A defense of dialogue: What I learned from Daryl Davis

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A defense of dialogue: What I learned from Daryl Davis

One of the keynote speakers at this year’s FIRE Student Network Conference was Daryl Davis, a rock ‘n’ roll piano player and the patron saint of dialogue. In addition to his illustrious musical career, Davis, an African-American man, spends his time befriending members of the Ku Klux Klan. As astonishing as this sounds at first, evidently there’s something to it: More than two dozen people, including a former Grand Dragon and a former Imperial Wizard (state and national Klan leaders, respectively), have left the KKK as a direct result of Davis’ influence ― not through censorship or intimidation or judicial prosecution, but through simple conversation.

Davis’ progress has been well-documented over the years, including by FIRE’s podcast, “So to Speak.” Earlier this year, he was featured in a documentary called Accidental Courtesy: Daryl Davis, Race & America. I would encourage anyone interested to listen to him tell his story. Hearing Davis speak about his experience with dialogue was as entertaining as it was inspiring, and it struck a particular chord with me.

As free speech advocates, we spend a lot of time thinking about men like Oliver Wendell Holmes, John Stuart Mill, and Louis Brandeis. This, of course, makes sense, as each of these men gave brilliant philosophical defenses of free speech — useful aphorisms like Brandeis’ “if there be time to expose through discussion the falsehood and fallacies, to avert the evil by the processes of education, the remedy to be applied is more speech...” Too often, however, we forget to recognize the people like Davis who apply Brandeis’ remedy, and make those brilliant words a reality.

Two weeks ago, I wrote an article arguing that my school, the College of William & Mary, and more specifically the student body itself, needs to do more to foster a culture of conversation on campus. It’s my contention that doing so could help solve the political polarization and the rancor across ideological and party lines that I’ve seen on campus, and Davis’ example shows me that all our talk about the value of speech is not just empty rhetoric. It serves as an important reminder of what conversation can do, even among people who are diametrically opposed in their viewpoints.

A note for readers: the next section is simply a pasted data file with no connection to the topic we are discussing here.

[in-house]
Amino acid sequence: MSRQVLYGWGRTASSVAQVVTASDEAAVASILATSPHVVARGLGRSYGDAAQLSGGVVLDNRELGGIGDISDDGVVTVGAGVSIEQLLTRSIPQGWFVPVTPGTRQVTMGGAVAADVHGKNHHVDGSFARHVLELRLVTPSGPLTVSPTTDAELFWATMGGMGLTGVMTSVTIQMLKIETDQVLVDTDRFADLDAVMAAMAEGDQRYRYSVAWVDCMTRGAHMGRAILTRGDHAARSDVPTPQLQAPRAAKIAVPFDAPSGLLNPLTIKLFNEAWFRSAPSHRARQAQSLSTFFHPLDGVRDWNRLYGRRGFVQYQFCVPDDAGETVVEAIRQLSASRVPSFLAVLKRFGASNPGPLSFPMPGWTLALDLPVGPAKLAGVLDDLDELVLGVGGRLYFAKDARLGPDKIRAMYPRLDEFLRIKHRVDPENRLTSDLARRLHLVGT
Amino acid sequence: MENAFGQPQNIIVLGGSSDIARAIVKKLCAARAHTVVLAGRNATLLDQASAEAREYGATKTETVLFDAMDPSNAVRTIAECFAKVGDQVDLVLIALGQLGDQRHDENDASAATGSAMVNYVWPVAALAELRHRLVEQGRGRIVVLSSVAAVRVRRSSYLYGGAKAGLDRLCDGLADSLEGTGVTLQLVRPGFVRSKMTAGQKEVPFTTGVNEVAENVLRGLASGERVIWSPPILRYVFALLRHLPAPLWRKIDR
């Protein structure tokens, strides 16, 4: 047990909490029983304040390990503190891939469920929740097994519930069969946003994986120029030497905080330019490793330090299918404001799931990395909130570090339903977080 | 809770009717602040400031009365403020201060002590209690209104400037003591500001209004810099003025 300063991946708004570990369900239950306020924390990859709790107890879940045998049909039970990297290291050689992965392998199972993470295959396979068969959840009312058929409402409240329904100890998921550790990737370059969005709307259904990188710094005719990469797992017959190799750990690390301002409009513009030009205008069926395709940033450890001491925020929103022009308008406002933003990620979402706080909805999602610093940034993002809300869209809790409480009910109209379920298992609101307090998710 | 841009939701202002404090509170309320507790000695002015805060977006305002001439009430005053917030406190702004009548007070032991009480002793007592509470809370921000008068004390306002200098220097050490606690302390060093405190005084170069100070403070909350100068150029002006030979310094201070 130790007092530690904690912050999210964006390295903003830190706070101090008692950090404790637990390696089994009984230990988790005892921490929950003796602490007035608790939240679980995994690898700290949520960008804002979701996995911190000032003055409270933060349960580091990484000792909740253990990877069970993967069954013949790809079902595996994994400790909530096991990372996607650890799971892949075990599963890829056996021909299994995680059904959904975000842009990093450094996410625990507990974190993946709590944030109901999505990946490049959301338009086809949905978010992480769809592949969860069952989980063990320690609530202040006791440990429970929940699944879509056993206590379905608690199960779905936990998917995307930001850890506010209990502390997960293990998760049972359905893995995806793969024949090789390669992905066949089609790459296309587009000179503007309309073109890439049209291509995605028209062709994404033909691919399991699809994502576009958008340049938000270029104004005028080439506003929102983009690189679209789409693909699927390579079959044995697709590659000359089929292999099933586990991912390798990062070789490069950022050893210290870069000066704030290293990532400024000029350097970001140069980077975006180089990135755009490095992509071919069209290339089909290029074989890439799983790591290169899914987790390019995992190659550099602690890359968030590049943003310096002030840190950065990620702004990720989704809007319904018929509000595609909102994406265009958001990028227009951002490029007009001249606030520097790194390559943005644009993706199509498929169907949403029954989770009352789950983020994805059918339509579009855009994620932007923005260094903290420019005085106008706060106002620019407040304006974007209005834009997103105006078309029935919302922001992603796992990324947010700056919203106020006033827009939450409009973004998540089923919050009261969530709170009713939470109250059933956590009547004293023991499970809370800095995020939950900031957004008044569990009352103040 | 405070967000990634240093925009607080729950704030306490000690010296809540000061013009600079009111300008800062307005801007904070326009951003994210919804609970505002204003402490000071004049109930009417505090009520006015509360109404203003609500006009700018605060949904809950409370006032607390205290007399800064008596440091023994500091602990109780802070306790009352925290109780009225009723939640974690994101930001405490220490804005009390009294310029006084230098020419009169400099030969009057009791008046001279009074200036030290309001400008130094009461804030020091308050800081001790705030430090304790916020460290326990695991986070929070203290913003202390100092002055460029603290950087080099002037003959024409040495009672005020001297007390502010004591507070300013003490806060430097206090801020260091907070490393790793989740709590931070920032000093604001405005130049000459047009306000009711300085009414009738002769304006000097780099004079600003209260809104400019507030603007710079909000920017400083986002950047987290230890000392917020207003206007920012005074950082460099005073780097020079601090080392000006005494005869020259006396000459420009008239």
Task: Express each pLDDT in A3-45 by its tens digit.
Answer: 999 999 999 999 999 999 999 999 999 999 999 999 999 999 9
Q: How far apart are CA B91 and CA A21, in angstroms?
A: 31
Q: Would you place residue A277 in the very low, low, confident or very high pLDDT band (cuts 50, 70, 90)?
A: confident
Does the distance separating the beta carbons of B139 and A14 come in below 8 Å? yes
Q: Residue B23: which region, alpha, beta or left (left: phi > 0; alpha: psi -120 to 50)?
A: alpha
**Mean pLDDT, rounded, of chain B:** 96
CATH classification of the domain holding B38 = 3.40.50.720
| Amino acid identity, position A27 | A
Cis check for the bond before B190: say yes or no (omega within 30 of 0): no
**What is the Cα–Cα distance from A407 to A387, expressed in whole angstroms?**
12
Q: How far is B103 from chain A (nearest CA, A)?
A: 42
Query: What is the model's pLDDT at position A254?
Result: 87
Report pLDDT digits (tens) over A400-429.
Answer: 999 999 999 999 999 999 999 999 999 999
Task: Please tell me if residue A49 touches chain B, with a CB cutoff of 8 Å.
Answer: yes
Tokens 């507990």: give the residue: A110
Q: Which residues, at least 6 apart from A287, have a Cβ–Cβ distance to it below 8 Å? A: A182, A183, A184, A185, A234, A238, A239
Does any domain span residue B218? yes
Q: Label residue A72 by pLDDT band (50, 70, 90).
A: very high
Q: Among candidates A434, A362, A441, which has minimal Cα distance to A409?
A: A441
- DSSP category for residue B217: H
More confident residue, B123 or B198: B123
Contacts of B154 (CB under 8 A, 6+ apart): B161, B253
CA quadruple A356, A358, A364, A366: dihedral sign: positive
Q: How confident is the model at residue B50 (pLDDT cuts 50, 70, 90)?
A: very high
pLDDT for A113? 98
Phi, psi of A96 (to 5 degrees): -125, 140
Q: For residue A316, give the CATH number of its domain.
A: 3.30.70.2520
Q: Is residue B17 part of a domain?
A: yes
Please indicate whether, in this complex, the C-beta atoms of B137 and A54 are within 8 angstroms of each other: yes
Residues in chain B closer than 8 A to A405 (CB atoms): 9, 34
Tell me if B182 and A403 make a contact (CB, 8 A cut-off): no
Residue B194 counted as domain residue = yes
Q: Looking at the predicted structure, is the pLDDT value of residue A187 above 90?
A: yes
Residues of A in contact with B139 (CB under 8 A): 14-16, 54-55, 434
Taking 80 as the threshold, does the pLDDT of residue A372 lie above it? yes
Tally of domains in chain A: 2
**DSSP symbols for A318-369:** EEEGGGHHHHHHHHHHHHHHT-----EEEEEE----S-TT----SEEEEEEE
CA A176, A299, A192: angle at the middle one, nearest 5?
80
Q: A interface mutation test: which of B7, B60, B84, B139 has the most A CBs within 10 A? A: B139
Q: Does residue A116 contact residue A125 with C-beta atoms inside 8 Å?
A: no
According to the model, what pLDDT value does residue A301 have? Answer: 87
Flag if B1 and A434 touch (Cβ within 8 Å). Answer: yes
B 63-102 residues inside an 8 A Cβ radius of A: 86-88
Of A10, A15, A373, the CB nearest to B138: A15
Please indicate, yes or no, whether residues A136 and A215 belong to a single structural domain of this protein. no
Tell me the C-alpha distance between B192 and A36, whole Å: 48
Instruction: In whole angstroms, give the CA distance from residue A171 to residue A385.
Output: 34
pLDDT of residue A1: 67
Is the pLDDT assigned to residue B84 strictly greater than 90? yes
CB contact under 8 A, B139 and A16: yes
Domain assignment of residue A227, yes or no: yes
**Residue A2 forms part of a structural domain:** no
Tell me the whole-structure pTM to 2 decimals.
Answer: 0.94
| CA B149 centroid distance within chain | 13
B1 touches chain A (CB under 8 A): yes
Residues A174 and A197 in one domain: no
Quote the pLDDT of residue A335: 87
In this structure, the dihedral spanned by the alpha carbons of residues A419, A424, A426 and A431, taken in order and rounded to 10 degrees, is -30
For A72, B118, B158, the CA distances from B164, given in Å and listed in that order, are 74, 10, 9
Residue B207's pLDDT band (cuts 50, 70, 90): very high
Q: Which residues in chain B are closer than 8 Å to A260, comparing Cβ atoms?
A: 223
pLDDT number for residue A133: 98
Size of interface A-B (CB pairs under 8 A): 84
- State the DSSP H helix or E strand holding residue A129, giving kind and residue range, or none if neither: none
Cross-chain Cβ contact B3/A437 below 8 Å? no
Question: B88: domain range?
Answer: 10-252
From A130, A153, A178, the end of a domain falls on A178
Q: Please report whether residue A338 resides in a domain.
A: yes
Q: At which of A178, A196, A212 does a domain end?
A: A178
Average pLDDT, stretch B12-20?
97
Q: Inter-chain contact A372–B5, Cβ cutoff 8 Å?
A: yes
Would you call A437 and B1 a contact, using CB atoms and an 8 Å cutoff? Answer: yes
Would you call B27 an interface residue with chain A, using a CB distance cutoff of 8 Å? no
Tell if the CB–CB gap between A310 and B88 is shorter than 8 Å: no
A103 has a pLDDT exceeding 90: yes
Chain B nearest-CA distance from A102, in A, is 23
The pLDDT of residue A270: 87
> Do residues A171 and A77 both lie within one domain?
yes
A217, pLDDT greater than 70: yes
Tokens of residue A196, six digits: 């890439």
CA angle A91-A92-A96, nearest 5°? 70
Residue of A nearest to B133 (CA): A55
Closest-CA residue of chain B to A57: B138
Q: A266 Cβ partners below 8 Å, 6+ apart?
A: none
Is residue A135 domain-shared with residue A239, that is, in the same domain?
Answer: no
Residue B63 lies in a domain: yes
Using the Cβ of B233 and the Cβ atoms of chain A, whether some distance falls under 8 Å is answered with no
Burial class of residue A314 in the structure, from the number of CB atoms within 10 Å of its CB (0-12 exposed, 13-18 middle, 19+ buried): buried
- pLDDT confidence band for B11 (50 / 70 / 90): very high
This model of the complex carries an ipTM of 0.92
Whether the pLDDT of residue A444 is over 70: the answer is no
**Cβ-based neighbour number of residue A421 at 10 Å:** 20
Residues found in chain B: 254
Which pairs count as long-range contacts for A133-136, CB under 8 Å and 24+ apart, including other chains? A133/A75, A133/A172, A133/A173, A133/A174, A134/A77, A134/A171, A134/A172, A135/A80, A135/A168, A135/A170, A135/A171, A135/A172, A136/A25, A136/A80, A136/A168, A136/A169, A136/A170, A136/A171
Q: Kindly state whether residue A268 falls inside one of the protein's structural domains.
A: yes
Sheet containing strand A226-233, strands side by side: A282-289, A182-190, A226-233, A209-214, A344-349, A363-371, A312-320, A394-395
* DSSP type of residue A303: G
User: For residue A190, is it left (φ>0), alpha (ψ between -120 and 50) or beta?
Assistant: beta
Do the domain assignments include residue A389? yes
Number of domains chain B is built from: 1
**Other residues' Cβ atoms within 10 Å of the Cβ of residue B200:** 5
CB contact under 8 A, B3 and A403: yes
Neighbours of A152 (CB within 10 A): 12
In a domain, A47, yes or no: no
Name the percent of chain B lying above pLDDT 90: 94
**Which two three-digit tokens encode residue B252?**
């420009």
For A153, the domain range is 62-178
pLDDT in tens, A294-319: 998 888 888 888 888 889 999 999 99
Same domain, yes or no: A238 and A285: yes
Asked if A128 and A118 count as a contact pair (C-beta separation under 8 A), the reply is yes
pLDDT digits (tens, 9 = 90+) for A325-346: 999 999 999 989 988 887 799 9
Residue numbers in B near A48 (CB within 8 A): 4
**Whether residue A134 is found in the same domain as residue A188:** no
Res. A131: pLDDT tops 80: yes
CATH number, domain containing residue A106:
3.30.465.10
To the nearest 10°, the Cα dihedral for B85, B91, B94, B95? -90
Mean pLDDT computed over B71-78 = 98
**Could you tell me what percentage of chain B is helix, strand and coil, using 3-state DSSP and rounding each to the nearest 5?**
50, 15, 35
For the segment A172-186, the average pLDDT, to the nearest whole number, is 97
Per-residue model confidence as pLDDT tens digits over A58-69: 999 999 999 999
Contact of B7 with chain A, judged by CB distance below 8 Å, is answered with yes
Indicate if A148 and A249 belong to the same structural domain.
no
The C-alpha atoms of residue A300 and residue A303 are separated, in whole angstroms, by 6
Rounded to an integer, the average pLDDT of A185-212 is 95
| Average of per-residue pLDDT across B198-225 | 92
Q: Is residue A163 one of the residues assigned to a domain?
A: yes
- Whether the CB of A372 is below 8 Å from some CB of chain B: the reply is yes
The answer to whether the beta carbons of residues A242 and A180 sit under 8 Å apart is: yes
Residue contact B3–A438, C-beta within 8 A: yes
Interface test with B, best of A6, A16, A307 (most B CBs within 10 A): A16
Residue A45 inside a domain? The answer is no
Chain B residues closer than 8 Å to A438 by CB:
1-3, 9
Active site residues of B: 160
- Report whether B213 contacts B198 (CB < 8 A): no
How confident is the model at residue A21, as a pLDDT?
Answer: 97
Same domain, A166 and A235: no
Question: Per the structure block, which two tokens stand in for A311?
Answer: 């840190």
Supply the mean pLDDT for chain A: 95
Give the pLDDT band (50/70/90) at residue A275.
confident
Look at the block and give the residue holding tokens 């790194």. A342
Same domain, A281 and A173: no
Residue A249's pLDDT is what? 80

Importantly, Davis’ story is not unique, even among groups at the fringes of our society. One of the most controversial groups of the last twenty-odd years has been the Westboro Baptist Church, a religious organization in Topeka, Kansas that became infamous for picketing the funerals of American soldiers―a practice that eventually brought them to the Supreme Court. In 2012, a lifelong Westboro member and granddaughter of its founder, Megan Phelps-Roper, left the church along with one of her siblings, partially as a result of conversations she had on Twitter.

In a recent TED Talk, Phelps-Roper spoke glowingly about her “friends on Twitter” and about how these conversations “showed her the power of engaging the ‘other’.” She describes how their conversations began to evolve as she and her adversary “started to see each other as human beings,” and how ultimately those conversations led her to reconsider the beliefs she’d held her entire life. This serves as yet another example that even in the most extreme circumstances, Brandeis’ remedy of “more speech” can be effective in practice.

Of course, the practical power of dialogue lies not just in speaking with members of fringe groups. For instance, programs like the National Issues Forum, which give people a platform for dialogue with other members of their community about difficult and divisive public issues, have been shown to increase participants’ interest in and understanding of political issues. After participating in just one National Issues Forum discussion, people’s political views were shown to be more refined and internally consistent. Additionally, participants are shown to develop better conversational practices as they learn to listen to those with whom they disagree.

Programs like the National Issues Forum not only serve as a model for similar programs we can and should be offering students on our campuses, but also as a real-world example of how rigorously challenging our own beliefs can sharpen those beliefs where we’re right as well as help us understand and appreciate the views of others with whom we disagree.

While Daryl Davis may not end racism in this country single-handedly, he can serve as an important example of how we all ought to act in our everyday lives. The epigraph at the beginning of Accidental Courtesy reads, “Few will have the greatness to bend history itself, but each of us can work to change a small portion of events, and in the total of these acts will be written the history of each generation.” If each of us can remember the lessons of people like Daryl Davis and Megan Phelps-Roper and carry them into every conversation we have ― especially conversations with those with whom we vehemently disagree ― and if we can utilize the structure offered by groups like the National Issues Forum to give students a platform to have these difficult conversations, I believe we will have taken the first step towards solving the problem of polarization on our campuses.

Jacob Hill is a rising junior at The College of William & Mary and a FIRE summer intern.

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